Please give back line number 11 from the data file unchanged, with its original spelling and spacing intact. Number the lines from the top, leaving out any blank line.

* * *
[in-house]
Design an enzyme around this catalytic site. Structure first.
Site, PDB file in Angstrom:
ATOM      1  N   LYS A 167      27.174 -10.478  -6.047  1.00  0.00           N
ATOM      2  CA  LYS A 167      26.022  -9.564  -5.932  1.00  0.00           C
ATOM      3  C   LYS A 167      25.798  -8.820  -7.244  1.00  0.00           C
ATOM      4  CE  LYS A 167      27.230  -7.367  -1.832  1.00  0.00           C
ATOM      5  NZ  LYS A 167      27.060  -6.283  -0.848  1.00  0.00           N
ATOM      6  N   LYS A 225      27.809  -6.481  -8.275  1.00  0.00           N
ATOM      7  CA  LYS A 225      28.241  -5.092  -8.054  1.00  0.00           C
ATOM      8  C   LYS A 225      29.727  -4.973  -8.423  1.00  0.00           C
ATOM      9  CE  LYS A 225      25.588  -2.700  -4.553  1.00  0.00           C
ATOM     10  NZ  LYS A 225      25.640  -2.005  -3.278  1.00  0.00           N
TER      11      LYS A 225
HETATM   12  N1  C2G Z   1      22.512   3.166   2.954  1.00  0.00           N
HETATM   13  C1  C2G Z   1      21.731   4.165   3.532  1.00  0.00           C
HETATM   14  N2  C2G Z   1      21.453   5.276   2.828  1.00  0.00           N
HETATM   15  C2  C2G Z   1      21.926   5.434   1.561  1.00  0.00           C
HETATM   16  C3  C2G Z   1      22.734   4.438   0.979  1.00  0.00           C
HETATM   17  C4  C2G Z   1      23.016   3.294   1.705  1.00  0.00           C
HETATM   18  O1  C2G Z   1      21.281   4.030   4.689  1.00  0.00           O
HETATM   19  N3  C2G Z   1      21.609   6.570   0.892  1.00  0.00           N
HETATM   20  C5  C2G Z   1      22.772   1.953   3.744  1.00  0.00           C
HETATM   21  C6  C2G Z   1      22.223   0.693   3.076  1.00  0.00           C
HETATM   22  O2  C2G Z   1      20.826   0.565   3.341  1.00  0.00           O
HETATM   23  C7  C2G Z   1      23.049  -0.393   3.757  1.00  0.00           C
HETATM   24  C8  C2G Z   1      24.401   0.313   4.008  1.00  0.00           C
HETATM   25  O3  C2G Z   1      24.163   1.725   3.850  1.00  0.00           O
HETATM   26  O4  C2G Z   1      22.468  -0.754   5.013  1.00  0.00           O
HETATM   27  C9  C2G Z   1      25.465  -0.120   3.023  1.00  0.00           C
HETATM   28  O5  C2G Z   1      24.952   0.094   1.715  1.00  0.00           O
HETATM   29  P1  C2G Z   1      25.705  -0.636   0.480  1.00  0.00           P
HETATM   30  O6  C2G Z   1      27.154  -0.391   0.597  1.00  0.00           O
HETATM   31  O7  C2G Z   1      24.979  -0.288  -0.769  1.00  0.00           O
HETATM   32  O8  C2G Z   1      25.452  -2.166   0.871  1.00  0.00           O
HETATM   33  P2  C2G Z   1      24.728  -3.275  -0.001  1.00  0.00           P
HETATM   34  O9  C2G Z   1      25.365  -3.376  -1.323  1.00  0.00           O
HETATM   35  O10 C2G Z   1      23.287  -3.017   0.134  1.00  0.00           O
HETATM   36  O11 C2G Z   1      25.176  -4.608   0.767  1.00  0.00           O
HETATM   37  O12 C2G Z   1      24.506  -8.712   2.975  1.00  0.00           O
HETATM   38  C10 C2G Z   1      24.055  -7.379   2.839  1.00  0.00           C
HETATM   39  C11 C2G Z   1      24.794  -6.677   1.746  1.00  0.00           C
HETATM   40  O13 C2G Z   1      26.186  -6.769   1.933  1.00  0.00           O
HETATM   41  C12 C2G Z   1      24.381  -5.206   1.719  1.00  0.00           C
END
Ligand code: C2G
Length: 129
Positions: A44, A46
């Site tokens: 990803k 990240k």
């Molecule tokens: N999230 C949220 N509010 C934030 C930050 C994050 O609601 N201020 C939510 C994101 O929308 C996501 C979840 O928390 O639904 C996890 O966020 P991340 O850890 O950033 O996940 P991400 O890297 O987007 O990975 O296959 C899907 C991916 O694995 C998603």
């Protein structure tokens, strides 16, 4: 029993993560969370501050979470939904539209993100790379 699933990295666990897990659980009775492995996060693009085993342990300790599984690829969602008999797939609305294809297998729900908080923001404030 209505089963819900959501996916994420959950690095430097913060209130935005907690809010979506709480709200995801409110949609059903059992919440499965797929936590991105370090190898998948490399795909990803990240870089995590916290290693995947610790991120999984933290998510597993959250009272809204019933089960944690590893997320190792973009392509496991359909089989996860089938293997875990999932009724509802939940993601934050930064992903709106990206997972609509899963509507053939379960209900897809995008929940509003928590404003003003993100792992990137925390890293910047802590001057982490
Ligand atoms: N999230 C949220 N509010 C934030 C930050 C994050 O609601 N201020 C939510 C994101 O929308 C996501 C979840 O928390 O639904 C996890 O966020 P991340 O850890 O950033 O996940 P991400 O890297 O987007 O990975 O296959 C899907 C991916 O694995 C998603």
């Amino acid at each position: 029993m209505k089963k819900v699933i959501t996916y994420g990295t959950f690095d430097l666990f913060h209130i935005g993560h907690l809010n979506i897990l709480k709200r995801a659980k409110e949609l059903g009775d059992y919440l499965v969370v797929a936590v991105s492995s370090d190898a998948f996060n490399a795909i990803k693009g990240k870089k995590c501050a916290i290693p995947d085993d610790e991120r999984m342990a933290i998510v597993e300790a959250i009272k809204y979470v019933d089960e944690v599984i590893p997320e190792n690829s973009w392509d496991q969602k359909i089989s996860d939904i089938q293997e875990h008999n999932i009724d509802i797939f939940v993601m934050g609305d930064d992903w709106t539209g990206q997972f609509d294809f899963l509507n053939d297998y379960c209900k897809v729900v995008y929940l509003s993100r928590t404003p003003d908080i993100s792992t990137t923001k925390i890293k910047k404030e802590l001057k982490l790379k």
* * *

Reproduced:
ATOM      8  C   LYS A 225      29.727  -4.973  -8.423  1.00  0.00           C